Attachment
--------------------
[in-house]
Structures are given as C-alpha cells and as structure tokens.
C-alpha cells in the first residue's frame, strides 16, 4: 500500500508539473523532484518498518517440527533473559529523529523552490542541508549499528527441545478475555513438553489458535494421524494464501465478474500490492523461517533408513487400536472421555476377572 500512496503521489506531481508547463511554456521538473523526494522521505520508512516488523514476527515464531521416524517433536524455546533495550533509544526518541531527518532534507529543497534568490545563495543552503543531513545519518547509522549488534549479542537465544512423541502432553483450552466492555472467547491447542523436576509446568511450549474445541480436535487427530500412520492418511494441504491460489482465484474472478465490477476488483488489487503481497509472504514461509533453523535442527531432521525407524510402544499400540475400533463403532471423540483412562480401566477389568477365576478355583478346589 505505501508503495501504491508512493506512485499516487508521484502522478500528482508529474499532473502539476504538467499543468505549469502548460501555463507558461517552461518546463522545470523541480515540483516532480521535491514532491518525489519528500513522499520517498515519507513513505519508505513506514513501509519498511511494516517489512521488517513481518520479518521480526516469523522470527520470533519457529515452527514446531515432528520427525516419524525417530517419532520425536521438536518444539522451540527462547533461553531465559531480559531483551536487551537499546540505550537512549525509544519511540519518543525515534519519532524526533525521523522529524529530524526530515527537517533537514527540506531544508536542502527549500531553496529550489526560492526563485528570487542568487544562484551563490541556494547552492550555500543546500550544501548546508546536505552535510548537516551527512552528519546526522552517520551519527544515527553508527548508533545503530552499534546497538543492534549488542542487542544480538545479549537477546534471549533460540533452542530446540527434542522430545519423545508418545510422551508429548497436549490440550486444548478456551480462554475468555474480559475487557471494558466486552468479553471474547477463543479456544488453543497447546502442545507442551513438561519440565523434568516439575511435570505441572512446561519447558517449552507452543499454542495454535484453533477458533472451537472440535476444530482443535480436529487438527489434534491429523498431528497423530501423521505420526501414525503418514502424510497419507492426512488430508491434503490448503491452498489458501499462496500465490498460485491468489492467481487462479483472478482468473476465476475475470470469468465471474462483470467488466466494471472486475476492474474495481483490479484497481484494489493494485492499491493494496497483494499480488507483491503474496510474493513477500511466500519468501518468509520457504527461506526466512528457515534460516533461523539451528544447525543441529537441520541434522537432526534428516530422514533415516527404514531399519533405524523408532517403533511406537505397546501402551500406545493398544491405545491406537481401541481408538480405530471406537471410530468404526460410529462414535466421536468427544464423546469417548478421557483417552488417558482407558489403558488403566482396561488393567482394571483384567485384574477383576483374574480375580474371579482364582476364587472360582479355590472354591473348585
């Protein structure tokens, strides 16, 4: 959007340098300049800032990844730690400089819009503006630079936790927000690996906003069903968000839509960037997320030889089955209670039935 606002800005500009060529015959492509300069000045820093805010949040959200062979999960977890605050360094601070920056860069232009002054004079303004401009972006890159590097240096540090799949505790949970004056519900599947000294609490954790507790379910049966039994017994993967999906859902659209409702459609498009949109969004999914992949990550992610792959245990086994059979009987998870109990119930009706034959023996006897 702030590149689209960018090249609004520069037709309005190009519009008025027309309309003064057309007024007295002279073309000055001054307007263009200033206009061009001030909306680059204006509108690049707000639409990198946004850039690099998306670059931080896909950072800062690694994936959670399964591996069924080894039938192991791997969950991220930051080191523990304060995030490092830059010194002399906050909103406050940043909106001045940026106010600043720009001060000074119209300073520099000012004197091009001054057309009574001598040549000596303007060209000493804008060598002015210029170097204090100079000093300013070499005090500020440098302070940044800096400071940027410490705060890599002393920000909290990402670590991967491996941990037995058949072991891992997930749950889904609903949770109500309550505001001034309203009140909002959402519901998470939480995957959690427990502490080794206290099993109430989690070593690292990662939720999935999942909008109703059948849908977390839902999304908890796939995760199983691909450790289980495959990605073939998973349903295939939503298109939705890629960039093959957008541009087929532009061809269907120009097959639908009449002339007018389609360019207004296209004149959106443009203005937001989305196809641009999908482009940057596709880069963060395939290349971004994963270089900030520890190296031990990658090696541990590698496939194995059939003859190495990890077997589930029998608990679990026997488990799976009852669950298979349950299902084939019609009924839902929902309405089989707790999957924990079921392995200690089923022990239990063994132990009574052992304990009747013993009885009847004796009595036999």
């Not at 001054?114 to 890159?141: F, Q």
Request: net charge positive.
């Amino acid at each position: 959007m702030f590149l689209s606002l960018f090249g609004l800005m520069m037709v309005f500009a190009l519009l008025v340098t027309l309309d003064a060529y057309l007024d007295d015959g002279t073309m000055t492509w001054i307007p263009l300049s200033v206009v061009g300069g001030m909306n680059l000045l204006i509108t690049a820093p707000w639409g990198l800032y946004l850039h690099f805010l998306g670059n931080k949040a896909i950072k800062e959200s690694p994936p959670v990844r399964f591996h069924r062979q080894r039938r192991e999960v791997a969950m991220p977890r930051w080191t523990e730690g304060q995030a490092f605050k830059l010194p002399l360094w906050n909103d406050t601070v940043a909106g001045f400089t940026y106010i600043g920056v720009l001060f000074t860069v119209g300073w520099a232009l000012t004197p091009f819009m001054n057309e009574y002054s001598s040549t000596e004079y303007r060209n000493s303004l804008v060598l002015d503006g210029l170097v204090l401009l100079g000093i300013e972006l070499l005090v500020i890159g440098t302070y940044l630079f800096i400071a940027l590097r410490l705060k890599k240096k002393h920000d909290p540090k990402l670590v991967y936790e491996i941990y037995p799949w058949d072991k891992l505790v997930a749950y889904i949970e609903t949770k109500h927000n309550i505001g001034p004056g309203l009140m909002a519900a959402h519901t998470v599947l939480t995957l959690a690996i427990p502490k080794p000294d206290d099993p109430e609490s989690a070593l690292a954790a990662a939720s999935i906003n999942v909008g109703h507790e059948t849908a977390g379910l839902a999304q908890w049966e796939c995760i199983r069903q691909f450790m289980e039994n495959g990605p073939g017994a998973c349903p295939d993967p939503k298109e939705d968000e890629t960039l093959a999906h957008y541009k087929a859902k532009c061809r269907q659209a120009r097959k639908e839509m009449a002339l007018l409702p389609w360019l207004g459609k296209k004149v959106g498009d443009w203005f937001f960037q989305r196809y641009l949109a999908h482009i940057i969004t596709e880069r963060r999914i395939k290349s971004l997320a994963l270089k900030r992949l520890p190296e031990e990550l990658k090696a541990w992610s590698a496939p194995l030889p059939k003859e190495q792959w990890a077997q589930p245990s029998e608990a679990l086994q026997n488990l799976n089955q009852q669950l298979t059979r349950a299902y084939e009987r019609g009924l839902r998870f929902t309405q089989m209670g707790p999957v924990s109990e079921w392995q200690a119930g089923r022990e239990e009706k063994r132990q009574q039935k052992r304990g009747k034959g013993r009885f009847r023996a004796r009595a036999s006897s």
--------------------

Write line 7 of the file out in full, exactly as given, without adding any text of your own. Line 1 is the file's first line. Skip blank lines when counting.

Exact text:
């Amino acid at each position: 959007m702030f590149l689209s606002l960018f090249g609004l800005m520069m037709v309005f500009a190009l519009l008025v340098t027309l309309d003064a060529y057309l007024d007295d015959g002279t073309m000055t492509w001054i307007p263009l300049s200033v206009v061009g300069g001030m909306n680059l000045l204006i509108t690049a820093p707000w639409g990198l800032y946004l850039h690099f805010l998306g670059n931080k949040a896909i950072k800062e959200s690694p994936p959670v990844r399964f591996h069924r062979q080894r039938r192991e999960v791997a969950m991220p977890r930051w080191t523990e730690g304060q995030a490092f605050k830059l010194p002399l360094w906050n909103d406050t601070v940043a909106g001045f400089t940026y106010i600043g920056v720009l001060f000074t860069v119209g300073w520099a232009l000012t004197p091009f819009m001054n057309e009574y002054s001598s040549t000596e004079y303007r060209n000493s303004l804008v060598l002015d503006g210029l170097v204090l401009l100079g000093i300013e972006l070499l005090v500020i890159g440098t302070y940044l630079f800096i400071a940027l590097r410490l705060k890599k240096k002393h920000d909290p540090k990402l670590v991967y936790e491996i941990y037995p799949w058949d072991k891992l505790v997930a749950y889904i949970e609903t949770k109500h927000n309550i505001g001034p004056g309203l009140m909002a519900a959402h519901t998470v599947l939480t995957l959690a690996i427990p502490k080794p000294d206290d099993p109430e609490s989690a070593l690292a954790a990662a939720s999935i906003n999942v909008g109703h507790e059948t849908a977390g379910l839902a999304q908890w049966e796939c995760i199983r069903q691909f450790m289980e039994n495959g990605p073939g017994a998973c349903p295939d993967p939503k298109e939705d968000e890629t960039l093959a999906h957008y541009k087929a859902k532009c061809r269907q659209a120009r097959k639908e839509m009449a002339l007018l409702p389609w360019l207004g459609k296209k004149v959106g498009d443009w203005f937001f960037q989305r196809y641009l949109a999908h482009i940057i969004t596709e880069r963060r999914i395939k290349s971004l997320a994963l270089k900030r992949l520890p190296e031990e990550l990658k090696a541990w992610s590698a496939p194995l030889p059939k003859e190495q792959w990890a077997q589930p245990s029998e608990a679990l086994q026997n488990l799976n089955q009852q669950l298979t059979r349950a299902y084939e009987r019609g009924l839902r998870f929902t309405q089989m209670g707790p999957v924990s109990e079921w392995q200690a119930g089923r022990e239990e009706k063994r132990q009574q039935k052992r304990g009747k034959g013993r009885f009847r023996a004796r009595a036999s006897s």